One of the biggest moments of the RuPaul’s Drag Race All Stars Season 3 premiere was Aja’s variety show performance. Pulling from the ballroom scene, the Brooklyn queen duckwalked, gave a bit of a hand performance, went up onto a box and came careening down, one leg extended. The audience reactions even inspired a meme. Guest judge Vanessa Hudgens called it a “shablam.” Many have referred to it as a “death drop.” Except it’s neither.
No, it’s not a “shablam.”
Nor is it a “death drop.”
It’s a “dip.” Full stop.
“Ballroom calls it a dip,” Jason Rodriguez, a dancer and choreographer who has worked on projects like Netflix’s The Get Down and the forthcoming film Saturday Church, tells Hornet. “It’s not a death drop, or a shablam, or a 5000, and that [name] has been lost.”
And Rodriguez, who has been known as Slim Ninja from the House of Ninja in the ballroom scene since 2014, would know.
There are five elements of Vogue Femme, the style of Voguing that was exhibited by Aja and is the most prominent Voguing form in the mainstream: hand performance, duckwalk, catwalk, floor performance and dips and spins (the last two collectively dubbed “dramatics” by some).
I learned this as a teen nerding out over Jay Pendavis tracks on YouTube. But it was reinforced anytime I’ve read anything from people of the community. And it makes sense, as that’s where the move originated.
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“If you go to a ball, nobody would ever call it a death drop if they are acknowledging a dip,” says Dashaun Wesley, a father in the ballroom House of Lanvin and a literal legend in the community. “Of course it’s shocking and exciting to the eye, and the first thing you hear — you just run with that. Since [the community] hasn’t really had a great presence in media, people have been getting it wrong, but it’s a dip.”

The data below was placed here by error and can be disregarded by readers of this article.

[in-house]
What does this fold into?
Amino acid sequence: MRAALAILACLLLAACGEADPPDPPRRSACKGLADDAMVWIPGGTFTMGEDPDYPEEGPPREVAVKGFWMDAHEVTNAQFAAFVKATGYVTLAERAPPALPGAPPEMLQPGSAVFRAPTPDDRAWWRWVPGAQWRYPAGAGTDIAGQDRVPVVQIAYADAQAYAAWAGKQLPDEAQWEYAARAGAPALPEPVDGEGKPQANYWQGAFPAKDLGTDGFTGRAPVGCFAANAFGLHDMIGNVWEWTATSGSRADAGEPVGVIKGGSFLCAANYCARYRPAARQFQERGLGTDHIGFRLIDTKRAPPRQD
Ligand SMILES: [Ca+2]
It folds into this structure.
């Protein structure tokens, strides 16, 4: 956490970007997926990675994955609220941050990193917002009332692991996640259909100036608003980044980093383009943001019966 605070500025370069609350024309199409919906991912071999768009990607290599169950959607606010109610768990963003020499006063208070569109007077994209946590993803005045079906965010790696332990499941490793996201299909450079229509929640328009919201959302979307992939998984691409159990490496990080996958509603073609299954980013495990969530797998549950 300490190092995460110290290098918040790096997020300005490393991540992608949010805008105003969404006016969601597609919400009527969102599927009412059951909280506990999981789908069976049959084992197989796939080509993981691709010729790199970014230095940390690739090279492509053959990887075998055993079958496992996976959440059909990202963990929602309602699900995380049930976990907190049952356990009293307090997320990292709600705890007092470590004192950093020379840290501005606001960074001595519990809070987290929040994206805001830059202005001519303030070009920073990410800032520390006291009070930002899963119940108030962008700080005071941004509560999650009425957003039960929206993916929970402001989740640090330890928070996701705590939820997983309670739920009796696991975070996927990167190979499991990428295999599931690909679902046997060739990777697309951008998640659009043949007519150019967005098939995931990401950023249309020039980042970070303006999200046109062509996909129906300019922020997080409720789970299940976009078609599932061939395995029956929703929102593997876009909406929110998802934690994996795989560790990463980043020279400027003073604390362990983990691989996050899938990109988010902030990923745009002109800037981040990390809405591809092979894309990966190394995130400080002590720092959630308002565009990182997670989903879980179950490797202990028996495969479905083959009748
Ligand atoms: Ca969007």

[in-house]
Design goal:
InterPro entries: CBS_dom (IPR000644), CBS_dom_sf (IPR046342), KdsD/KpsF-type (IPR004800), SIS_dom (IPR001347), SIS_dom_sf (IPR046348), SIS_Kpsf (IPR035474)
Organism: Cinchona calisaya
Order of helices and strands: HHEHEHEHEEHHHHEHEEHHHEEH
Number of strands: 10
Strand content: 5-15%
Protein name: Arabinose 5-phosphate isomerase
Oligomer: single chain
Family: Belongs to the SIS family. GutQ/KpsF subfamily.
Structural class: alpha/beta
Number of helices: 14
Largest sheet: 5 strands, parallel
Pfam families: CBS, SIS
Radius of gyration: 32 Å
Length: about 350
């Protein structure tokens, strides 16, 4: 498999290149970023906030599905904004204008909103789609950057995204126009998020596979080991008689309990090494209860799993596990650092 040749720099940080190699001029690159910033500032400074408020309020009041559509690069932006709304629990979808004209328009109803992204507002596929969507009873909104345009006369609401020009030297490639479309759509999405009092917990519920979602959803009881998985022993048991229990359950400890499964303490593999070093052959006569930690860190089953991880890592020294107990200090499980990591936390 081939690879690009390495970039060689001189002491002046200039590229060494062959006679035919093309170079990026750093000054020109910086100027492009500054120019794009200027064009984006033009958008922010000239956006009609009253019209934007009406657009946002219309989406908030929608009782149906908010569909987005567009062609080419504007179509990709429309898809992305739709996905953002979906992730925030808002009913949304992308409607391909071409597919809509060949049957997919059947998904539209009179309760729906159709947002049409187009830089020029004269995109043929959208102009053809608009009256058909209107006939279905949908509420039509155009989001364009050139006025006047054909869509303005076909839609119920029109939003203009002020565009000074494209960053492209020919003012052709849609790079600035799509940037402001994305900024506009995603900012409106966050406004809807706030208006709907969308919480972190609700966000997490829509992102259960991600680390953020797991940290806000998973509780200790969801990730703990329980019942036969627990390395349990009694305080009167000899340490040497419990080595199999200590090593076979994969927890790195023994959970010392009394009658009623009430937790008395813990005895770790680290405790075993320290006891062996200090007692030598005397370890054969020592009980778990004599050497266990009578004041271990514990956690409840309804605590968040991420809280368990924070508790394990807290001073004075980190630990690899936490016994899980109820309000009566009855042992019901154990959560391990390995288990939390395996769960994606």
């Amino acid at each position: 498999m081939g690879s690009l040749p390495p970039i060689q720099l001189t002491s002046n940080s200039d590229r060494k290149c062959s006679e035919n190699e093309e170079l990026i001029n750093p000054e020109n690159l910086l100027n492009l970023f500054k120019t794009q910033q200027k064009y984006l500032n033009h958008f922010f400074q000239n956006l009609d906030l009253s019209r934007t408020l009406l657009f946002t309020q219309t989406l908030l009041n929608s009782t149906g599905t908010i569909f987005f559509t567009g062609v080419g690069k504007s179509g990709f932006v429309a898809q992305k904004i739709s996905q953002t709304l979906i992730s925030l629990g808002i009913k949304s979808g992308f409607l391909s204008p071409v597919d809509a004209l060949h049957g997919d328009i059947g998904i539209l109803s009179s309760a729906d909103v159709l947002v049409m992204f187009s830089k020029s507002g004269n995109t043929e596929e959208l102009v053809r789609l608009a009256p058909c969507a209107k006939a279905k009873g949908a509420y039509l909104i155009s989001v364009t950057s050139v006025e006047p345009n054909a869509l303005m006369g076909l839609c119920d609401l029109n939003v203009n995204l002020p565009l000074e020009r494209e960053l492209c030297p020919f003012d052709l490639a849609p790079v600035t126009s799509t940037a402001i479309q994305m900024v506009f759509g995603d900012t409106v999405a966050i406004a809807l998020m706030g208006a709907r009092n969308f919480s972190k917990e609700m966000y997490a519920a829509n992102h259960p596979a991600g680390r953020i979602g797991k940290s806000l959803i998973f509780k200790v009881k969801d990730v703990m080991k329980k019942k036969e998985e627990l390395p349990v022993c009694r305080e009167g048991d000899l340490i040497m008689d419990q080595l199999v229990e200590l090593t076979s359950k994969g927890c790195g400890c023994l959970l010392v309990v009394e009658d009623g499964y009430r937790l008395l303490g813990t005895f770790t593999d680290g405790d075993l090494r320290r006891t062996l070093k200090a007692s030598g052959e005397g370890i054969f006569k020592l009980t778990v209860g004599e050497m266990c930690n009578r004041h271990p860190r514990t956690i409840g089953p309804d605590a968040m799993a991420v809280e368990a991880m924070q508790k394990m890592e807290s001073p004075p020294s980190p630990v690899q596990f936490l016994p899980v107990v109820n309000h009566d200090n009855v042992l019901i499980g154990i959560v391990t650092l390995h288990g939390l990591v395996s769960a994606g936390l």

Over the past decade I’ve heard the move deemed a few things. Back in 2010 I remember when DJ Webstar had people calling it the 5000. Around the same time I remember dancers on the West Coast incorporating it into their choreography and calling it a shablam. And then, mostly from the drag community (the community that inadvertently birthed the ballroom scene), I’ve heard it called the death drop. And as that community has mainstreamed, seeing unprecedented visibility, so have the terms it uses.
“It’s sad because mainstream is what popular society is listening to, so it’s not society’s fault, but it’s people who have a moment in the mainstream and give you the wrong definition,” Rodriguez says. “I think that a big issue is that within RuPaul’s Drag Race there’s not enough people from ballroom involved.”
And that’s a valid issue. With a platform arguably comes responsibility. (Indeed, one of RuPaul’s catchphrases on All Stars is “With great power comes great responsibility.”)
As Ru educates Middle America (and the rest of the world) about the nuances of drag culture and queer culture, it seems a bit odd that he and other queens like Shangela would inadvertently contribute to the erasure of contributions made specifically by queer people of color. And while it may seem a bit insignificant to some, if a celebrity dubbed a plié a tendu and continued to influence the general public to call it that, unchecked, you can bet there would be quite the backlash to follow.
The dip is one of the most eye-catching aspects of Voguing, and as such, it would make sense that people would want to adopt it. In Vogue Femme, the dramatic dip where Voguers slam their bodies into position, sometimes adding 360 spins beforehand, is a GIF waiting to happen. But some Voguers are fans of a softer version.
“I explain it like the period to the end of the sentence,” Wesley says. “Some people just do it because they think it’s a cool thing to do, but [when you’re Voguing] it’s supposed to be natural. It’s supposed to feel like it belongs there rather than you forcing it. So that’s the difference between someone who knows how to Vogue and someone who doesn’t.”
But whether or not you use it as a period or an explanation point in your Vogue, the key is getting the name right.
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